How To Sleep Through Your Partner’s Snoring


Sharing your bedroom with a partner might increase feelings of closeness and intimacy, but if they tend to snore, things can get frustrating fast. Learning how to sleep through your partner’s snoring can be especially difficult if you’re a light sleeper who tends to have trouble sleeping anyway.

From finding the most comfortable mattress for you to slip into a deep sleep, to correcting their sleep position so they’re minimizing the risk of lapsing back into snoring again, there are plenty of ways you can ensure you remember how to sleep with minimal issue. Here are some of our top tips for sharing your bedroom with a snorer:

Get to bed before your partner does

If you’re brainstorming how to sleep through your partner’s loud snores through the night, one effective method you may consider using is to simply go to bed a little earlier than they do. You’re a lot less likely to wake up once they begin snoring this way.

Why is this? Since most couples go to sleep around the same time, their sleep cycles end up being synced. If your partner enters deep sleep around the same time you do, and begin their snore habit, you’re much more likely to get disrupted.

If they begin to fall asleep around the period of your deep sleep, it’ll be a lot easier for your body to shut off any external disturbances, since you’ll already have completed a single cycle. Another extreme measure to test out if you’re having a lot of trouble sleeping in the same bed as your partner is to actually sleep in separate rooms.

This might be handy on days when you know it’s especially important you get a good night’s sleep. In one poll taken by the National Sleep Foundation, research revealed 25% of married Americans actually sleep on separate beds.

Ask your partner to switch sleeping positions

One of the most common reasons snorers have trouble sleeping quietly is due to the fact they don’t know how to sleep in a position that works for them. Sleeping on your back can exacerbate the volume and frequency of snoring.

If your partner can’t understand how to sleep and minimize their snoring, a good way for them to try and accomplish this is simply by switching sleep positions. People tend to have less trouble sleeping with snorers if they lie on their side or on their stomach, which minimizes noise because of the effect it has on your airways.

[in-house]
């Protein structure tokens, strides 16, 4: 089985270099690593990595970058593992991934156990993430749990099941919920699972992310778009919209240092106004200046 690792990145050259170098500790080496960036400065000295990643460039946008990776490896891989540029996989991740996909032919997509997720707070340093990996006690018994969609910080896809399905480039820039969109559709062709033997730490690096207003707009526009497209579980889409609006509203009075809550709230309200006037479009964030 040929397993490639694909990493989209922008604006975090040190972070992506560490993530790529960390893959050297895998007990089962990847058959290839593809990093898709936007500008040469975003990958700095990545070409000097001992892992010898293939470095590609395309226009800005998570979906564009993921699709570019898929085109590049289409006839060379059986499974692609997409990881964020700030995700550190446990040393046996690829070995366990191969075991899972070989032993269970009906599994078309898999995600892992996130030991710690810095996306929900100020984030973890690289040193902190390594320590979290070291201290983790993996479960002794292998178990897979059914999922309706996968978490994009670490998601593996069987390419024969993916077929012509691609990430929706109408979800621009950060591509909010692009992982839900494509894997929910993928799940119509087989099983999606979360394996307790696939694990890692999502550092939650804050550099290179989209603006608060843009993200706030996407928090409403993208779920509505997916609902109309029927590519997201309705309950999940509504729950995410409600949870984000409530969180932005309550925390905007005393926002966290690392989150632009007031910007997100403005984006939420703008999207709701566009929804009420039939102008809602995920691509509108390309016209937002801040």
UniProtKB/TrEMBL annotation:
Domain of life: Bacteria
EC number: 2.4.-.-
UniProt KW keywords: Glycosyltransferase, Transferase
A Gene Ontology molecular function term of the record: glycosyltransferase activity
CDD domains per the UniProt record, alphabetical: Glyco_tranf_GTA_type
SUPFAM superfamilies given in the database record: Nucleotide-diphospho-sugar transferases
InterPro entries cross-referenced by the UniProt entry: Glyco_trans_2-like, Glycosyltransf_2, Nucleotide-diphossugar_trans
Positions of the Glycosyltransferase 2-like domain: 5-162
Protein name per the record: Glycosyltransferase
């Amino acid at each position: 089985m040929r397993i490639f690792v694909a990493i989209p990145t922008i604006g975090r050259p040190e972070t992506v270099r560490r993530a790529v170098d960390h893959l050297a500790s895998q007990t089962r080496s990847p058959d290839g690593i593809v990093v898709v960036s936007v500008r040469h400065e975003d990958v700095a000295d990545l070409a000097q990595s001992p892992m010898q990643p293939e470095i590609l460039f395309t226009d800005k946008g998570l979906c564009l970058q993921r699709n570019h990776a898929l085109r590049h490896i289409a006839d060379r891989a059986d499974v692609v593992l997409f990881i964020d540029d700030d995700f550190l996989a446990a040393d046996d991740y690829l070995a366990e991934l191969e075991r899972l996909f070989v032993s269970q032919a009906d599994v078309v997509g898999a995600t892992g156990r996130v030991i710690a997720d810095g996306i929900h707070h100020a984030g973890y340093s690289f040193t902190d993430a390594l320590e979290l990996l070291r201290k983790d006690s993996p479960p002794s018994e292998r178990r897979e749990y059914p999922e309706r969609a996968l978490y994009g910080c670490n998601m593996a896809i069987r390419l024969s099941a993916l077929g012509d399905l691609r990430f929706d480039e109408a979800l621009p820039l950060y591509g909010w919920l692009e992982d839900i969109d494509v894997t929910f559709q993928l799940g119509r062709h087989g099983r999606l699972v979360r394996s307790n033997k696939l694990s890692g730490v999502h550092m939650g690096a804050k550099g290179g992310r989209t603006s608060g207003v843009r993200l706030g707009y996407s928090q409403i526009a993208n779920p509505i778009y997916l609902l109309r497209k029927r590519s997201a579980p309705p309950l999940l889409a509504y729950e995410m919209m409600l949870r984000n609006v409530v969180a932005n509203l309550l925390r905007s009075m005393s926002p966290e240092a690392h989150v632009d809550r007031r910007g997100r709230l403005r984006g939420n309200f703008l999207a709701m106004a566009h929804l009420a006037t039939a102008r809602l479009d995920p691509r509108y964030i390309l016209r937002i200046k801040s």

Finding the right sleep set-up to make switching positions is going to be important when encouraging your partner to switch up what they’re used to. When training their bodies on how to sleep on their sides, it might be worth investing in a few extra pillows, or even finding a hybrid mattress that provides the same amount of support they experience sleeping on their back.

Invest in the best mattress for you both

Speaking of mattresses – finding the best mattress you can for both you and your partner can do wonders for your sleep cycles. Not only will the best mattress be something that is equally comfortable to both you and your partner, but it is also going to encourage you both to stay in deep and uninterrupted sleep through the night.

Finding the best mattress for those with a tendency to snore can be a little tricky since the cause of snoring might be different depending on the person. In general, it’s agreed that the best mattress possible for anyone with trouble breathing through the night is one with a little more support.

Hybrid mattresses are not just the best mattress for anyone who’s looking for how to sleep with little more support at night, but they’re also a great choice for couples who are having trouble sleeping in the same bed.

The versatility of hybrids makes them the best mattresses for couples looking to share a bet without being interrupted by one another. Motion isolation capabilities ensure that you’re free from being subject to your partner’s tossing and turning through the night.

If nothing works, consult a physician

According to the American Sleep Apnea Association, up to 50% of snorers might possibly have obstructive sleep apnea. If your partner has trouble sleeping because of their snoring, they might be facing more than just a mild case of loud snores – they might have sleep apnea.

To differentiate between a case of sleep apnea and basic trouble sleeping, you can check for the following symptoms:

  • Your partner interrupts their own sleep because of disrupted breathing
  • Your partner is unable to breathe through the night
  • Your partner might toss and turn through the night, or feel generally restless
  • Their lack of sleep causes increased fatigue during the day

Learning how to sleep after treating sleep apnea is very simple, and most treatments can go a long way in actually alleviating snoring as a symptom.

Moving in with your partner can be a really exciting way to begin a new chapter of your lives together, and you should be able to do this while staying well-rested. To avoid any trouble sleeping for both of you, it’s a great idea to invest in the best mattress you can for couples and start some healthy sleep hygiene habits together.

You can even commit to more healthy sleep hygiene practices together, to keep yourselves accountable. You could start reading the same book every night in the lead up to bed or take turns making a cup of herbal tea before it’s time to tuck yourselves in.

Whether you have the best mattress for your bedroom or not, getting to the root cause of your snoring and ensuring you’re both getting the best night’s sleep you can is going to be crucial for the wellbeing of your relationship and your personal wellbeing. With our sleeping tips for snorers, you’ll be co-sleeping in bliss in no time. Say goodbye to trouble sleeping, and hello to blissful, uninterrupted nights.


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